Is it possible that your swing is a total mess because of the hodgepodge of golf tips you’ve tried to apply over the years?
Golfers are constantly trying something new, desperately trying to find a quick fix to their spastic swings.
Peruse the latest issue of Golf Digest, and you will be bombarded with advice on how to fix what ails you. Just to prove my point, I took notes from the May issue and here’s what I found:
“I bow my left wrist at the top but I wouldn’t recommend it for you” – Dustin Johnson when discussing how to hit a flop shot. Confused? Yeah, so am I.
Grip it lightly on scary downhill putts
Increase wrist hinge on the way down to boost power
Use alignment sticks to turn your hips better and improve your spine angle
Don’t change ball position for different shots
Stay compact going back
Keep your back knee bent for bigger tee shots
Don’t be wooed by the promise of a quick fix
Golf tips sell magazines but golf tips aren’t necessarily good for golfers. Be honest…have you ever read a tip in a golf magazine and implemented it during your next round? How did it turn out? Are you suddenly hitting the ball 10 yards longer? Sinking more putts? Able to hit that flop shot à la Phil?
My guess is no.
The true danger of golf tips is not the advice itself. It’s the fact that the advice is applied without a second opinion, without someone to verify that this is truly something you should implement.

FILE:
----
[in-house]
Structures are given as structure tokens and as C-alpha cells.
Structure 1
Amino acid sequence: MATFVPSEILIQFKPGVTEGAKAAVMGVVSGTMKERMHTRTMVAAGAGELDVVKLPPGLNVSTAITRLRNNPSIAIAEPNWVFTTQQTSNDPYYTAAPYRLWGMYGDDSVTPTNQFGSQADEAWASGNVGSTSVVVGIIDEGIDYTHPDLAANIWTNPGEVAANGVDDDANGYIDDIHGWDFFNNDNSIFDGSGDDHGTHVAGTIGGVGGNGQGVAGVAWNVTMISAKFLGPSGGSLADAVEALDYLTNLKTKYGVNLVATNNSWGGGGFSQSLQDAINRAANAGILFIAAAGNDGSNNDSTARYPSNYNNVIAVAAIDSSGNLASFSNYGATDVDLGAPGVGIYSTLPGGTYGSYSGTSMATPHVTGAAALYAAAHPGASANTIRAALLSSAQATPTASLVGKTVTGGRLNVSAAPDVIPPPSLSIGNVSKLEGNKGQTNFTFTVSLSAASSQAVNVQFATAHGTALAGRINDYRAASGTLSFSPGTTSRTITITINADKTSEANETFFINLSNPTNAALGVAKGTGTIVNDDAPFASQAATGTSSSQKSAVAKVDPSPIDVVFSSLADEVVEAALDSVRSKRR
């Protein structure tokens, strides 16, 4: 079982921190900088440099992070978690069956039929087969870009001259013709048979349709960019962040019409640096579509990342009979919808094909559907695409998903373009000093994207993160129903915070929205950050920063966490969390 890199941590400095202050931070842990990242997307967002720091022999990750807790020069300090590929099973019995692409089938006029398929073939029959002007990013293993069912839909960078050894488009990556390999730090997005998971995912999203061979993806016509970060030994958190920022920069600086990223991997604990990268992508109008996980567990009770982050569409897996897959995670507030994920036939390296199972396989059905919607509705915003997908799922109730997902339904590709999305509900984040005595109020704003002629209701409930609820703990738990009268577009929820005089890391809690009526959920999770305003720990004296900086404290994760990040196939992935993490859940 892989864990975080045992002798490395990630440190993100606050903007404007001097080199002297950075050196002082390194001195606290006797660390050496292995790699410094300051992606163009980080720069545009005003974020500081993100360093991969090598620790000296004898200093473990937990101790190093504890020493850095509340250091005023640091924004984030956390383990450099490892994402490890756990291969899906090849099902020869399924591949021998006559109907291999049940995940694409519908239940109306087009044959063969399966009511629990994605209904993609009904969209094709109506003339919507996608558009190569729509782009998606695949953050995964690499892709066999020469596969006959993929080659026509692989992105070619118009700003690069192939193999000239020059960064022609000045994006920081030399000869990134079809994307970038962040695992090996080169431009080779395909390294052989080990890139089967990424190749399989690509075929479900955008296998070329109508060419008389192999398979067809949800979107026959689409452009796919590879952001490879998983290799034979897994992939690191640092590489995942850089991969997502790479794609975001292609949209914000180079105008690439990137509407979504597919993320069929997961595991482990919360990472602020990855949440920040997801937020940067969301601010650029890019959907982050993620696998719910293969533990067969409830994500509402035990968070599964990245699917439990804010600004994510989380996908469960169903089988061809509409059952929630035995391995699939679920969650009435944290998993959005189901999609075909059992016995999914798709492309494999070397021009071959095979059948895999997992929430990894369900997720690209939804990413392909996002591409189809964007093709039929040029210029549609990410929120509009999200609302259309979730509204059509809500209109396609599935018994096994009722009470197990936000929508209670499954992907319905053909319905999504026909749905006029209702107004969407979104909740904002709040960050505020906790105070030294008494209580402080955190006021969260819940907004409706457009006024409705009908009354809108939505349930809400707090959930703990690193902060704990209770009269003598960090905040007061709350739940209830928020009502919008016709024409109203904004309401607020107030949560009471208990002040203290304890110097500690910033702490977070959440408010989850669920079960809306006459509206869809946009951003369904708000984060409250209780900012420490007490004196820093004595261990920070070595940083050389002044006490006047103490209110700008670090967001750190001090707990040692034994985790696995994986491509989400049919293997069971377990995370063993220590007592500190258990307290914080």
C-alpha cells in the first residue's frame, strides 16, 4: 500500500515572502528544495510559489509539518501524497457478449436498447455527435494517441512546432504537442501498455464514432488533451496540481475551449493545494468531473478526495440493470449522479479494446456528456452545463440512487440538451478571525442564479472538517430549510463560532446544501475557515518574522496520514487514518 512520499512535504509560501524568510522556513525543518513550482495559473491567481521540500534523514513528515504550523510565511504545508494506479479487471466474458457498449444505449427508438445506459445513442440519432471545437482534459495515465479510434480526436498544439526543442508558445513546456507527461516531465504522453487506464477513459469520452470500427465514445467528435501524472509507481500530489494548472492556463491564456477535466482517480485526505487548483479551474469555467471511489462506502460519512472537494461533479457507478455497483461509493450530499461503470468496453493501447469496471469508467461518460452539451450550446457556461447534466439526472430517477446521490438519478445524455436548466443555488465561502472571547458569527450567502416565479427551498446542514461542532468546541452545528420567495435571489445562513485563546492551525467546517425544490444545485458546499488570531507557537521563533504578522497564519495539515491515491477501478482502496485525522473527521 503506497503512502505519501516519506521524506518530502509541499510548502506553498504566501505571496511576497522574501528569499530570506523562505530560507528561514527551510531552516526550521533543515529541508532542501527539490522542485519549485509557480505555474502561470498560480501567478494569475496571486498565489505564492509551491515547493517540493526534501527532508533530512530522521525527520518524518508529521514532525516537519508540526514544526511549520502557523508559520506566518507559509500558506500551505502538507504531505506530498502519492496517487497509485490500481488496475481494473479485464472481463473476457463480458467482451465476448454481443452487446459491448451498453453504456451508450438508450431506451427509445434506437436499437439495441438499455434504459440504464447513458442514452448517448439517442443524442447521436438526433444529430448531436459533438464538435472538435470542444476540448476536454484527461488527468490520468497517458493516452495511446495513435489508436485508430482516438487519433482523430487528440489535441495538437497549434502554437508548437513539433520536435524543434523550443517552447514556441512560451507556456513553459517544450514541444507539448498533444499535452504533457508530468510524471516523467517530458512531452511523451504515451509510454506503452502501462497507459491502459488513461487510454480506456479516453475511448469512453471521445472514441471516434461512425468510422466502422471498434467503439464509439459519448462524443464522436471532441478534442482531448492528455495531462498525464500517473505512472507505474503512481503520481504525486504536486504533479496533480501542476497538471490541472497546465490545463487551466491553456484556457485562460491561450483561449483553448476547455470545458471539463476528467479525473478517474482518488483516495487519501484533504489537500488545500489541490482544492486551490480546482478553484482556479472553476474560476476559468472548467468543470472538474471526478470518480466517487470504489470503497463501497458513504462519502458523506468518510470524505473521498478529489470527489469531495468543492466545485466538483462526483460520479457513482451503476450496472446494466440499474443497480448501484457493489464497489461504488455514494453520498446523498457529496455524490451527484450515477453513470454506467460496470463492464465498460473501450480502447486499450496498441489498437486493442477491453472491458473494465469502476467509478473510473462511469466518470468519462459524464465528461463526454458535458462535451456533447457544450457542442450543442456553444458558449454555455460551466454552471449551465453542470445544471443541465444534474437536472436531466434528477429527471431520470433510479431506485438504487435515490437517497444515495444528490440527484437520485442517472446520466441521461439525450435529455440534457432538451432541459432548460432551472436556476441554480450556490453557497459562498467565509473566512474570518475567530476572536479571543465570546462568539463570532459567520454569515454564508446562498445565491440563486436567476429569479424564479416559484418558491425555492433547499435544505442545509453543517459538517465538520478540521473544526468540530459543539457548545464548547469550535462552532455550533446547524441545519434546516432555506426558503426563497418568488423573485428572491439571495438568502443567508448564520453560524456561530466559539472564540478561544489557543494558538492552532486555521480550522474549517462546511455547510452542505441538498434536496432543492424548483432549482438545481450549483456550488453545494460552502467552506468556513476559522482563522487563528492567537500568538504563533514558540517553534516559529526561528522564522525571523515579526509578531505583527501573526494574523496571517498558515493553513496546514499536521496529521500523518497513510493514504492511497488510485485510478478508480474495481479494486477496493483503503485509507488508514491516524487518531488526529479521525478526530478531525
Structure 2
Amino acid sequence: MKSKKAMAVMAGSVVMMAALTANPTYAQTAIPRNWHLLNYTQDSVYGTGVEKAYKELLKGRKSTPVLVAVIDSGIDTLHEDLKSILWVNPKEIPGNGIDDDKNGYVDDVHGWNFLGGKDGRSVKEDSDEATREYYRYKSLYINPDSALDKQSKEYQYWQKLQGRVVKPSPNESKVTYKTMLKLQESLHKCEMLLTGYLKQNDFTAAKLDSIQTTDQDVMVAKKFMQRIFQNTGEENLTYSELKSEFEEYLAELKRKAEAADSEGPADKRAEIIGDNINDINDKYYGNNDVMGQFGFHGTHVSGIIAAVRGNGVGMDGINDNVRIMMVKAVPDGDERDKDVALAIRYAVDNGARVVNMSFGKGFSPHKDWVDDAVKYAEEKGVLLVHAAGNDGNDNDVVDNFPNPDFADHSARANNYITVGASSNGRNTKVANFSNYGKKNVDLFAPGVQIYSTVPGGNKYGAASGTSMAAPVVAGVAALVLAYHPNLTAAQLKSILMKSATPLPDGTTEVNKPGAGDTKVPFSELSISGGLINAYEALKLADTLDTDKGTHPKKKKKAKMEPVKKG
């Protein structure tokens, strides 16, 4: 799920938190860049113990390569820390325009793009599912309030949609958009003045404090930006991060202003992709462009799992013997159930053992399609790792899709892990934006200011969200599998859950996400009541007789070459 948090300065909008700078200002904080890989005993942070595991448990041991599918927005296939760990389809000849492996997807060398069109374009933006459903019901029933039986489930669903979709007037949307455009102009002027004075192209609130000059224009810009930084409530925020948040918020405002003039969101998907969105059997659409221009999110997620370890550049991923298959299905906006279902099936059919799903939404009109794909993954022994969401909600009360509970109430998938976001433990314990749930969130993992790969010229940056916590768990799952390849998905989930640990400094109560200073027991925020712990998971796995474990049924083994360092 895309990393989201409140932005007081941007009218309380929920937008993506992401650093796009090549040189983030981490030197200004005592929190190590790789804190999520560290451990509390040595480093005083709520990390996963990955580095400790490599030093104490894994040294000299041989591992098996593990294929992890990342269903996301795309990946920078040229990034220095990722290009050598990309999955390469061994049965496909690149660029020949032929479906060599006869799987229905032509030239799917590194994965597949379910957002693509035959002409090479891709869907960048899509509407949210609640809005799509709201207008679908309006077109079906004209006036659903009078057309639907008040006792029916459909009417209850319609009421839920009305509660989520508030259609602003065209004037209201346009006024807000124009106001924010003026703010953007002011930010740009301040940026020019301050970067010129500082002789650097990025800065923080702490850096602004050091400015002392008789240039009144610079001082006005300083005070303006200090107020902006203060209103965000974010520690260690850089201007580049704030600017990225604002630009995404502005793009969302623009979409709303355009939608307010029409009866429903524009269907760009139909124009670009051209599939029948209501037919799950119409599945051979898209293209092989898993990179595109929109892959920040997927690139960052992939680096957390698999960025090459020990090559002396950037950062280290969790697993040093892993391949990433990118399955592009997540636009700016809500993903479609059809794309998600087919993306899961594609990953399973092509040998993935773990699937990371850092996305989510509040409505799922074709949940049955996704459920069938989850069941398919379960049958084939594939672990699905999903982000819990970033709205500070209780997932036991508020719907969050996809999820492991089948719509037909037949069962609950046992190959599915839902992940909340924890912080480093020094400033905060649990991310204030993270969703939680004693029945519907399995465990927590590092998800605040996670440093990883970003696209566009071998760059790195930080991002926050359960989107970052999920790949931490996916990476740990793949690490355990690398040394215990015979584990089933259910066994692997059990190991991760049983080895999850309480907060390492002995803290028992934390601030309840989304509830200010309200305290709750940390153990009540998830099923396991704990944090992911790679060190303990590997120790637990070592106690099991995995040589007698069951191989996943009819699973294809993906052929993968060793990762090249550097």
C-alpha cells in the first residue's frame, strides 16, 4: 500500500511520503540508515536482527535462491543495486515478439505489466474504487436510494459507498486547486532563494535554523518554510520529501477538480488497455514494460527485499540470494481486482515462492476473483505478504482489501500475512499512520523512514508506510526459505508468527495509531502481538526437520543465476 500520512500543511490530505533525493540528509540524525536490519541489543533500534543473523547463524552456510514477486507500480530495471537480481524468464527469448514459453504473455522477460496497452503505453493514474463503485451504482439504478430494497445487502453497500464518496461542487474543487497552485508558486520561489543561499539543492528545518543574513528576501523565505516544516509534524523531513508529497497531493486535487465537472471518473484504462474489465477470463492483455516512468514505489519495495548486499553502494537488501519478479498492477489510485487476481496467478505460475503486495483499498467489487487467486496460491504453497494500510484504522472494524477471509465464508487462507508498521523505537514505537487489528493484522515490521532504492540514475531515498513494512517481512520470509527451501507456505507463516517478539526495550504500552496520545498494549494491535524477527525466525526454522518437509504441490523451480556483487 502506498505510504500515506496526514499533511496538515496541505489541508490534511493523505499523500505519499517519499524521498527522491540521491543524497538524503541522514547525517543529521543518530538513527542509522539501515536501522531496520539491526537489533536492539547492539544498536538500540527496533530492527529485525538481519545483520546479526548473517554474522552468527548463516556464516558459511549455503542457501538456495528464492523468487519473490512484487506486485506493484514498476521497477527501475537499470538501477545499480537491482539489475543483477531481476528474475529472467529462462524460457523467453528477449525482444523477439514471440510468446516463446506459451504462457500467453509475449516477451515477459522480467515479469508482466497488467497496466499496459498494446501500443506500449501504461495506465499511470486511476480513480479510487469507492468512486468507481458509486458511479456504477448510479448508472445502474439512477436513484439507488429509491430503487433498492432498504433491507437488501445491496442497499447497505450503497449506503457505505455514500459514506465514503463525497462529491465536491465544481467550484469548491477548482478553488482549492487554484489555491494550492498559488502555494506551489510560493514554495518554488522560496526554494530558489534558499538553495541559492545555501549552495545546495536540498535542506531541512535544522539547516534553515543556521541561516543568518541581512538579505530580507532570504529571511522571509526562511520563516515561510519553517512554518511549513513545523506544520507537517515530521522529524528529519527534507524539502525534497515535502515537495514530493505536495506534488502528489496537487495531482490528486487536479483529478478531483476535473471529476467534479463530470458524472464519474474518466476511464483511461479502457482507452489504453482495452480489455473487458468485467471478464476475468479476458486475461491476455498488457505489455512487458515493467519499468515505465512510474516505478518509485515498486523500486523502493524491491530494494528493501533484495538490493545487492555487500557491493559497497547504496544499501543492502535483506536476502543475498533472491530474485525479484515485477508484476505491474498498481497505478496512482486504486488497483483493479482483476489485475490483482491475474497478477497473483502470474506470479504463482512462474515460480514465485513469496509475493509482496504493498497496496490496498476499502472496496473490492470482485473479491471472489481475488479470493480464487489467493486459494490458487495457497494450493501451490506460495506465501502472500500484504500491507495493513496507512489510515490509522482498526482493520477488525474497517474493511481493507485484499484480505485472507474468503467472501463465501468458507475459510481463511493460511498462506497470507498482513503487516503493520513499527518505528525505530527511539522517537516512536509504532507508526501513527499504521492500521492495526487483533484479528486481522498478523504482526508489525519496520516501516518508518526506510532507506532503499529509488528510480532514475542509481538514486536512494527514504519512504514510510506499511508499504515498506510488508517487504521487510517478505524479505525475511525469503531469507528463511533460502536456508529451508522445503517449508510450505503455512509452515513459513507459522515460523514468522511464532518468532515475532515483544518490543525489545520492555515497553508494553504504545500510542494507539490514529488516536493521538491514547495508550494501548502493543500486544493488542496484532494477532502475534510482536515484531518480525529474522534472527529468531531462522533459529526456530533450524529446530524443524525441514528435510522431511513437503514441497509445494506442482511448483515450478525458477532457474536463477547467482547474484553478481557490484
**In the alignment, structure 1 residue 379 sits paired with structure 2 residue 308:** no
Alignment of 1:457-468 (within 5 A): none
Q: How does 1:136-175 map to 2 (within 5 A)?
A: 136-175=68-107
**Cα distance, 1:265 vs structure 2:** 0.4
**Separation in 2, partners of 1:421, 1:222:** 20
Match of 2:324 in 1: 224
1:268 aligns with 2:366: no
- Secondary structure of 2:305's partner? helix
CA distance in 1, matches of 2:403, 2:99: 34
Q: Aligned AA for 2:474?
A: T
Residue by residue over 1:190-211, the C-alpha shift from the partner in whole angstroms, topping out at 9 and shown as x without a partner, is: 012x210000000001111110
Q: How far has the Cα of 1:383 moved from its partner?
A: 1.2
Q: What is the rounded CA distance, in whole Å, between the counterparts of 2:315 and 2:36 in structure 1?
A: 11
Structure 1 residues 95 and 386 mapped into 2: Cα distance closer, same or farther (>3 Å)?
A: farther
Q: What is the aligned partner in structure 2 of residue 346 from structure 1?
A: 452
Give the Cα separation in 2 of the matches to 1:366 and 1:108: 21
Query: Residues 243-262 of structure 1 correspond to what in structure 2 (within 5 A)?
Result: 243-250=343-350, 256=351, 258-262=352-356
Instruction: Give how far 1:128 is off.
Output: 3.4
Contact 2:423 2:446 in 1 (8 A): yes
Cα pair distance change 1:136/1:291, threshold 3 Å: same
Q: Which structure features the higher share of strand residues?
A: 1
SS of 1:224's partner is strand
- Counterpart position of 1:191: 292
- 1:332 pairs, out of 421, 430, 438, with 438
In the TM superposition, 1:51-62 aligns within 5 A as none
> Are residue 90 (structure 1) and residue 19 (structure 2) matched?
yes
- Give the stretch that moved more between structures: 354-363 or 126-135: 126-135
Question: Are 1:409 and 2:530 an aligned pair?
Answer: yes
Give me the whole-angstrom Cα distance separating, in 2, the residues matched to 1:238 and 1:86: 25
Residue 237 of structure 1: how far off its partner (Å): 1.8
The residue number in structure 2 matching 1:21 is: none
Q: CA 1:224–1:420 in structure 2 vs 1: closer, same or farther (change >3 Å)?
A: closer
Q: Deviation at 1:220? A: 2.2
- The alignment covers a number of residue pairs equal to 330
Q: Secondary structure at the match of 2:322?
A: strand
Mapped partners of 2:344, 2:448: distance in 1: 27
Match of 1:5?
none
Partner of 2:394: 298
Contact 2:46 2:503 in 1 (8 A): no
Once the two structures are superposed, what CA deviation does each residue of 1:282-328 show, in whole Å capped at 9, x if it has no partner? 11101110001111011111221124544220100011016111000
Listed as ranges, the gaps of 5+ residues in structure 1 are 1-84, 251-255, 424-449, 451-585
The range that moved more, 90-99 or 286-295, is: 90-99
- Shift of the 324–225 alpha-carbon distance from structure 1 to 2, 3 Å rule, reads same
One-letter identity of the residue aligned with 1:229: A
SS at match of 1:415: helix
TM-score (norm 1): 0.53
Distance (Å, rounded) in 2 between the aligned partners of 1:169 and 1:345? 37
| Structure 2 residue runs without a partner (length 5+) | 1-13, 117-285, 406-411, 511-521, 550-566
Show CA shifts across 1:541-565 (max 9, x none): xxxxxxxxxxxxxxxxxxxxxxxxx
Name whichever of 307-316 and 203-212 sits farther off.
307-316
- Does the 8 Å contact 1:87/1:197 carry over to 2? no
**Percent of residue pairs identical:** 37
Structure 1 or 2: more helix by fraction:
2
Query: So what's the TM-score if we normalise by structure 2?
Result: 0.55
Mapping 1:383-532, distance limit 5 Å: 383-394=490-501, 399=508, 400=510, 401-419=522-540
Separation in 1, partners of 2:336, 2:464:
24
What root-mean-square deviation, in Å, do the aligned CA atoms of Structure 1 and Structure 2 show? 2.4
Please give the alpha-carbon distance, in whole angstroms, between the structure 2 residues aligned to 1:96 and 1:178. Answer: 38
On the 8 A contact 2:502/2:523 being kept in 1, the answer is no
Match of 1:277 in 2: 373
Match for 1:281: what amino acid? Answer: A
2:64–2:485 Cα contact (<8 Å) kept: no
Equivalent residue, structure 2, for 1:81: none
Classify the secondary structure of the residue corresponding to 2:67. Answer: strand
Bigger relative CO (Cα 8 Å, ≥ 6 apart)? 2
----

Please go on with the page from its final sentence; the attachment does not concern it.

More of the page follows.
Don’t be tempted to try out a new swing tip based on something Michael Breed said on The Golf Fix or something Butch Harmon said in Golf Digest. I am not discounting the genius of Breed or Butch. But you need a middle man. Someone who can say “yes, that would be good for you” or “no, that won’t work for you”.
Why you need a second opinion
Blanket recommendations deserve caution. What works for most golfers may not be right for you. There is no such thing as the perfect golf swing. If there was, the top players on the PGA Tour would all have the same swing. They don’t. They have swings that are ideal for them.
You need a specialist – a good teacher – to sort out your various issues and diagnose the real problem. The issue could be as simple as ball position or grip. Or you could have a swing like Charles Barkley. A total head-scratcher for even the best golf guru.
A good teacher will sequentially help you work on one or two issues at a time. Go work on these one or two things while blocking out everything else. Don’t google “golf tips”. Ignore the well-meaning advice of your playing partner who thinks you should try keeping your head down through impact.
A few weeks later, after you’ve practiced only what your teacher told you to practice, and you feel that you’ve incorporated those changes into your swing without thinking too much about them, go get another lesson, and repeat!
The Ultimate Golf Tip: Patience
Here’s the absolute truth that most golfers can’t accept: Getting better at golf is a process that takes time with no room for a quick fix.
Too many golfers try to figure it out on their own. The reality is that very few people get good at golf without a coach or a mentor. The same is true of any endeavor. Doctors must go through residency. Many specialized professions – mechanic, electrician, plumber – require apprenticeships. Top entrepreneurs and business people often credit a mentor (or several) for their success.
What makes golfers any different? A good coach is someone who can help you, bring you back when you go astray, and pick you back up when you fall.
Find a good teacher. A true mentor. Unlike golf tips that are a dime a dozen, a trusted coach is the true path to long-term success on the golf course.